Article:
Thus, although the drive toward privatization has been justified on grounds of supposed efficiency improvements that will result from substituting the market for bureaucrats, apart from the fact that a layer of monitoring bureaucrats is still needed on top of any in the private sector, in reality privatization is more menacingly “political” than in-house management. It is driven not only by ideology but by interests who want to take over state activities, and the principal-agent and moral hazard problems, combined with the regular mobilization of political influence, makes for both diminished accountability and higher levels of corruption than with state bureaucrats responsible to elected officials. Sclar gives many illustrations of this politicization. He also shows that although privatization can sometimes save money, this is far from inevitable when the service (including monitoring and other “transactions costs”) is properly costed and when account is taken of contractors “getting well later.”
Sclar also addresses the issue of “external effects,” regularly ignored by privatization enthusiasts. These are societal costs and benefits that the market fails to take into account, like the positive effects of free public education on productivity and democratic citizenship, or the negative impact of the commercialization of broadcasting on program quality. Sclar notes that the U.S. Postal Service provides cheap local mail service to everybody, whereas Federal Express and similar operations engage in “cream skimming,” catering to business and the affluent. Similarly public schools and libraries and public hospitals offer a democratized service, whereas their privatized counterparts exclude large numbers unable to pay. Public transport also brings external benefits, including not only cheaper transport for the less affluent but also reductions in pollution and other negative effects of reliance on private automobiles.
Sclar doesn't make this point, but one of the external benefits of public service is that workers are more likely to be unionized and receive higher wages and benefits and have more security. This would not justify feather-bedding and serious over-payment, but the decent treatment of the workforce adds to total community welfare and is a positive feature of public service. Sclar may also underrate the frequency with which claims of an efficiency advantage of contracting out rest on the use of non-union, low wage, low benefit labor, and the corollary diminution in the quantity and quality of service and social welfare.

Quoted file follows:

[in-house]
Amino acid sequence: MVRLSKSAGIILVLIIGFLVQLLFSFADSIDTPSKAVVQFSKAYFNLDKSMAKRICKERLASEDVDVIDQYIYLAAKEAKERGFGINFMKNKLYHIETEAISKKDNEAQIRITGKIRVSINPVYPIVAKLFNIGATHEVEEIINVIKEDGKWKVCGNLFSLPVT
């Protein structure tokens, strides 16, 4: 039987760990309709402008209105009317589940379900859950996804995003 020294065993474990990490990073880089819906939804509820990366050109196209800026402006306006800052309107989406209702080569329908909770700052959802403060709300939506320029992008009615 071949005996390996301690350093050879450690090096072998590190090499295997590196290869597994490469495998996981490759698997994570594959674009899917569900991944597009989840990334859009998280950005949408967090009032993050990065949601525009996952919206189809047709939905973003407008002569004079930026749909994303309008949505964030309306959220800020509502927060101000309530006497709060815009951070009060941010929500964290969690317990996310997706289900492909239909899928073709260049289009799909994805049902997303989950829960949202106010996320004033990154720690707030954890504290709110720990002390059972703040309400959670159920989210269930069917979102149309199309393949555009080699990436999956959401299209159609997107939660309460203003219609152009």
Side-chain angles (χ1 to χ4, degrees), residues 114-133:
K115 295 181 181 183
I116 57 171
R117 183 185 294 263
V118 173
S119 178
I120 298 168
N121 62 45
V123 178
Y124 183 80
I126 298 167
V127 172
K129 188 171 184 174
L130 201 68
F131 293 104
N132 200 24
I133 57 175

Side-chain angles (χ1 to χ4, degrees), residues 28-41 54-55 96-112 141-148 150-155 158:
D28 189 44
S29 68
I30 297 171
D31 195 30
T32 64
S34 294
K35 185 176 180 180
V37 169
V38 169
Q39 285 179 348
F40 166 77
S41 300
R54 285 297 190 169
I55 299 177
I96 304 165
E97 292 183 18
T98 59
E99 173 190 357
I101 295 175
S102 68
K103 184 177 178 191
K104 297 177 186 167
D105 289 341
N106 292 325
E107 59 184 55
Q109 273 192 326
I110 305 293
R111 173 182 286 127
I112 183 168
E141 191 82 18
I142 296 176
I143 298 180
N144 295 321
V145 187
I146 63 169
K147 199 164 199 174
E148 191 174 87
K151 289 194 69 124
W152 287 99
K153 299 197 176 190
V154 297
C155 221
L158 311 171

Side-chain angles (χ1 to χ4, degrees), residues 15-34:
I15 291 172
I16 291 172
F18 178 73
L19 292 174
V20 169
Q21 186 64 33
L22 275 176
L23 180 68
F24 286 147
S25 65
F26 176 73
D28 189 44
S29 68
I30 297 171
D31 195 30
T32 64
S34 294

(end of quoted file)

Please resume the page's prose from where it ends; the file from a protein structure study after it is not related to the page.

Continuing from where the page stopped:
Ideologically driven privatization in the supposed interest of efficiency can be very costly to society. In his 1996 drive to slash public budgets, right-wing premier of Ontario, Canada, Mike Harris, closed down the government's water-testing laboratories, privatized water testing, and did not require testing results to be sent to any public authorities. This resulted in a lag in warning the public of E.coli bacteria in the drinking water of Walkerton that resulted in 7 deaths and hospitalization of 2,000. Harris has put his plans for further privatization of municipal services on at least temporary hold.
Although Sclar stresses the ideological basis of efforts to privatize, he may not give sufficient weight to the importance of the interests eager to capture formerly public business for themselves —like the security dealers pressing for privatization of Social Security—who are served by and promote that ideology. He may also give less than its proper weight to the deeper political basis of the privatization drive. British Prime Minister Margaret Thatcher was very explicit that her selling off of state-owned housing and other state assets to the working class was to wean them away from the Labor Party and left by making them into property owners. She has not been alone in deliberately using privatization as a means of weakening popular forces and consolidating the power of capital. The West's support of Yeltsin's privatization program, hugely corrupt and beggaring the population, was also based on the desire to make the transformation to capitalism irreversible.
Western leaders, the IMF, and privatization ideologists recognize and exploit privatization's political dimension. Governments can be mobilized to serve ordinary citizens and enact legislation threatening corporate welfare; so shrinking governments' civil functions, making them more dependent on the private sector, reducing the size of unions in government service, and strengthening the corporate community by transferring to it the ownership or management of public properties, significantly increases the power of capital— economically, socially, and politically. Privatization in the United States, as elsewhere, is an important part of the corporate and right-wing effort to undermine the democratic gains of the past half century and weaken democracy.
Sclar contends, nevertheless, and persuasively, that there is a place for contracting out, and that where it can improve efficiency it should be part of the arsenal of public management. But he shows that in practice it has been used far more often than real efficiency would dictate, at a substantial social cost. He also shows that reform can come from within publicly managed bodies where workers can improve efficiency without any threat from privatization, when freed from political constraints and allowed to perform as they see fit.
Sclar's book is a work of enlightenment, that taken seriously in dealing with questions of public management and privatization would help advance both efficiency and democracy. It should be studied closely by anybody with a serious interest in these important issues. Z
Edward Herman is an economist, media analyst, and author of numerous works on politics and the media.